Throughout northeast Seattle there are many ravines, big and small, with creeks running eastward down to their outlets at Lake Washington. As can be seen throughout the city, there are possums, raccoon and coyotes living in Wedgwood’s ravines. It has been rumored that deer live in the wooded ravines, as well.
In the early 1900s the Wedgwood area was thinly populated, quiet and dark at night due to lack of road development and the absence of electricity. People like Joe Surber who had a homestead claim in the village of Yesler which later became Laurelhurst, used to go hunting in what is now the Wedgwood neighborhood.
Wedgwood’s large Y-shaped Maple Creek Ravine, located east of 40th Ave NE, was first platted and named Manhattan Heights by developers in 1890 — two men who probably would have filled in the ravine if they had had the ability to do so. Fortunately the future-Wedgwood area was too remote, lots did not sell and the development plan failed.
In the 1920s the ravine was preserved by early landowners who appreciated the natural environment. In the 1960s, after a last-stand by housewives known as the Day of the Apron Ladies, residents began to take the first legal actions to prevent the expansion of the road and to prevent dumping of debris into the ravine. In the 1990s Maple Creek Ravine residents began putting their property into a land conservancy so that no later developments would threaten the ravine.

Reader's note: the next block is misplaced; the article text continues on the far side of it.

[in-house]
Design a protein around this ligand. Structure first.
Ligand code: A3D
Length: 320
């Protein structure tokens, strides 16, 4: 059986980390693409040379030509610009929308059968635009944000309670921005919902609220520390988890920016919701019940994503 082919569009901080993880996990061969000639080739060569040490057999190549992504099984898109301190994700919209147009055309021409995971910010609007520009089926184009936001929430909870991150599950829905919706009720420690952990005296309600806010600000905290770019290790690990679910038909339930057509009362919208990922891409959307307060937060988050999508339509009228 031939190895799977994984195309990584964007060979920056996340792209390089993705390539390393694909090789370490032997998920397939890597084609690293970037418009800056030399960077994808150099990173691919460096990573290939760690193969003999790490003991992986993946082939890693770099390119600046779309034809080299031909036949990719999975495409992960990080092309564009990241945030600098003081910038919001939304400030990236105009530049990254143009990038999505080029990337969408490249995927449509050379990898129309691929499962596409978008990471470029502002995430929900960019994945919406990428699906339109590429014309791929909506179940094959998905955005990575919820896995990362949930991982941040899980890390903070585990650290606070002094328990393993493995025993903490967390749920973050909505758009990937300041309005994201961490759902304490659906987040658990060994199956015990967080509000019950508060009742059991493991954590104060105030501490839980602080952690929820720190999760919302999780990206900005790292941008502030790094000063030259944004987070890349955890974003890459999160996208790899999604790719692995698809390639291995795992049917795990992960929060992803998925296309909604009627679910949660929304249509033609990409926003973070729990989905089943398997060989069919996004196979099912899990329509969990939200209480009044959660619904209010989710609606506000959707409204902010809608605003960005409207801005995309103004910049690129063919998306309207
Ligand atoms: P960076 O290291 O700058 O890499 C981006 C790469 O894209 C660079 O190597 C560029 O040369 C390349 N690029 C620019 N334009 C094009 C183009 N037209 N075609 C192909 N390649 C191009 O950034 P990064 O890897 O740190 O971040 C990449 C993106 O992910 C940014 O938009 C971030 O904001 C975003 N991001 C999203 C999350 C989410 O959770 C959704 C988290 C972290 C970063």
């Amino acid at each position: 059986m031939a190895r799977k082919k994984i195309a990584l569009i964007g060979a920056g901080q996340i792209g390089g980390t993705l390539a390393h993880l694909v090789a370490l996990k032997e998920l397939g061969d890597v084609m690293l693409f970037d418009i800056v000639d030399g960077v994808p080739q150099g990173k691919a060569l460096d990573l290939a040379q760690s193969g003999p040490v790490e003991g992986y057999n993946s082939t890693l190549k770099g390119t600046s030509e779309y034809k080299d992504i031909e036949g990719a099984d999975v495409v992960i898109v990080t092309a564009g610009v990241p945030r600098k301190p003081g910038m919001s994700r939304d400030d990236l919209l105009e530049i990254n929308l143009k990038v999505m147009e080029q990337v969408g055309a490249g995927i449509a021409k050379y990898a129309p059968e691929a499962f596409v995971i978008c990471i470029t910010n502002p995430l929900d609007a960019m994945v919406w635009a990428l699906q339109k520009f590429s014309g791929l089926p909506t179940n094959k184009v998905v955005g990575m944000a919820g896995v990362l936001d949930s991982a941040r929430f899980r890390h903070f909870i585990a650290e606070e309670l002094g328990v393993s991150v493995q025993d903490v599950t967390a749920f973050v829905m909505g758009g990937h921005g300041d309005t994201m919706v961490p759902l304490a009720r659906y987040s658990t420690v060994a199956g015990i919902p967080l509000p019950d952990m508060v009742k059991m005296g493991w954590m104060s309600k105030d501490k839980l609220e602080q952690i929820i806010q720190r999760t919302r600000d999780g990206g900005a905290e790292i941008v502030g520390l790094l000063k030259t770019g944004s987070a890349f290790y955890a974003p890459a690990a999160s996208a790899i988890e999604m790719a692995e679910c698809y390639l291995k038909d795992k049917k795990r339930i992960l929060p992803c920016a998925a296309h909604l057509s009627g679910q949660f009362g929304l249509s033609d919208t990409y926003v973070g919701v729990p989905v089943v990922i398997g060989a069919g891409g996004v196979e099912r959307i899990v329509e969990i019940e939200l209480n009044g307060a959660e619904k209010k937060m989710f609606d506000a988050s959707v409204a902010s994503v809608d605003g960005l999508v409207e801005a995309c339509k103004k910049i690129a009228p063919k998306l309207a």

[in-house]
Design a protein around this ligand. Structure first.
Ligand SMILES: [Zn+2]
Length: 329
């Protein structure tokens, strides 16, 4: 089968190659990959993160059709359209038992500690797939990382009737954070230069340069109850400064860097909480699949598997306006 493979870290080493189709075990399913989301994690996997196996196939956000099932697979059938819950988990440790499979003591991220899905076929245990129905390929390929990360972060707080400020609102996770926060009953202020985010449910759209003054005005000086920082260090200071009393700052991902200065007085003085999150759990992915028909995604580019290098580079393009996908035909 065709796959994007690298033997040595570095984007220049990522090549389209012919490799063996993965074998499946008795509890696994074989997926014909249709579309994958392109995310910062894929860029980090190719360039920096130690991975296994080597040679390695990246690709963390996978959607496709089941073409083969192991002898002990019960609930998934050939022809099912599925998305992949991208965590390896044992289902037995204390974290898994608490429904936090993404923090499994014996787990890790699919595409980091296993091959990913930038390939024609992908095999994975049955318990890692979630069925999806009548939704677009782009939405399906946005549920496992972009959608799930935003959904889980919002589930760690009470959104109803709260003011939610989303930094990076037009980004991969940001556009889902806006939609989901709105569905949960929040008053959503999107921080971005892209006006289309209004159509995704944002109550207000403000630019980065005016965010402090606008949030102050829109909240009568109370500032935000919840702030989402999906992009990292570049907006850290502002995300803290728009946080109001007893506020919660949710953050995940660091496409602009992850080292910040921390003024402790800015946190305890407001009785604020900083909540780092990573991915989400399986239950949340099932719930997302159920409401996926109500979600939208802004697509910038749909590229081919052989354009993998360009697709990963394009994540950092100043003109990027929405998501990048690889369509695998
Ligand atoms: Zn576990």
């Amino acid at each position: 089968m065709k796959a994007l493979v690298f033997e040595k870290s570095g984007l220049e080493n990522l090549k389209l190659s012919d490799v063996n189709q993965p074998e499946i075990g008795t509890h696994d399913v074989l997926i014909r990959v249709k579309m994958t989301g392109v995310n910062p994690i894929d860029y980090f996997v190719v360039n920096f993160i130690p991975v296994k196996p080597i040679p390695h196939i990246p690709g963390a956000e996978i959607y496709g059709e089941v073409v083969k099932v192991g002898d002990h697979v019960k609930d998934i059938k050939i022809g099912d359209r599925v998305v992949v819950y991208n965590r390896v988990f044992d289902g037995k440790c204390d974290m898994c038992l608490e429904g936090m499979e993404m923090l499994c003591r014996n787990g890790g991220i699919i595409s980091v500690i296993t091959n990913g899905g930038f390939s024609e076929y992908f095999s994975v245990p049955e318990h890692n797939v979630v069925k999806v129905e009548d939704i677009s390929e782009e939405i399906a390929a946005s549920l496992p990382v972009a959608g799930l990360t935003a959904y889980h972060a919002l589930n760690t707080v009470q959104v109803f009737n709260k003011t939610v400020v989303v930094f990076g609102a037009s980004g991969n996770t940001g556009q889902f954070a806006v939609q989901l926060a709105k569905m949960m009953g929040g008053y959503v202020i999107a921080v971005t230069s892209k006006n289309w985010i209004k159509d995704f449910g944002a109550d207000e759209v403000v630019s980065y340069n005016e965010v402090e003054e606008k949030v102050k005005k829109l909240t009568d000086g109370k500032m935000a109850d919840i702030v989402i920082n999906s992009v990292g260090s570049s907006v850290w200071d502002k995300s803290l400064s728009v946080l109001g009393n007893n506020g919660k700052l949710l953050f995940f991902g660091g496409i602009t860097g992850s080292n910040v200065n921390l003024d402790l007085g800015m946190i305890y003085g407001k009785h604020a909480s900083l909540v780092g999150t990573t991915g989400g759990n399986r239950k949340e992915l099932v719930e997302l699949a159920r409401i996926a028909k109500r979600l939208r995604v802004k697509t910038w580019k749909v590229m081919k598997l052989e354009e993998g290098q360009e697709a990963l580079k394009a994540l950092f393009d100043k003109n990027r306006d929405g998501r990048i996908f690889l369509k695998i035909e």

Volunteers of the Friends of Yesler Swamp conservation group told me that deer have sometimes been seen at the water’s edge on Union Bay at the Center for Urban Horticulture site in what is now Laurelhurst. They believe that deer live throughout northeast Seattle and as far north as Wedgwood with its many ravines and wooded areas.
On July 5, 2016 a bus traveler took this photo of a deer in the parking lot of the Rite Aid store at 8500 35th Ave NE in Wedgwood’s main business district. On July 19th deer sightings were reported at the Union Bay Natural area (where Laurelhurst meets the water). The staff at the Center for Urban Horticulture thought it was the same deer as sighted in Wedgwood, whom they call Lefty because his left antler is slightly higher than on the right.
UPDATE: Later in July, Lefty the Deer was seen grazing in Laurelhurst with good photos posted on the Union Bay Watch blog page. Then as of October 2016 the Union Bay Watch saw Lefty in the Arboretum, a denser natural area overlooking Lake Washington where Lefty has plenty of room to roam.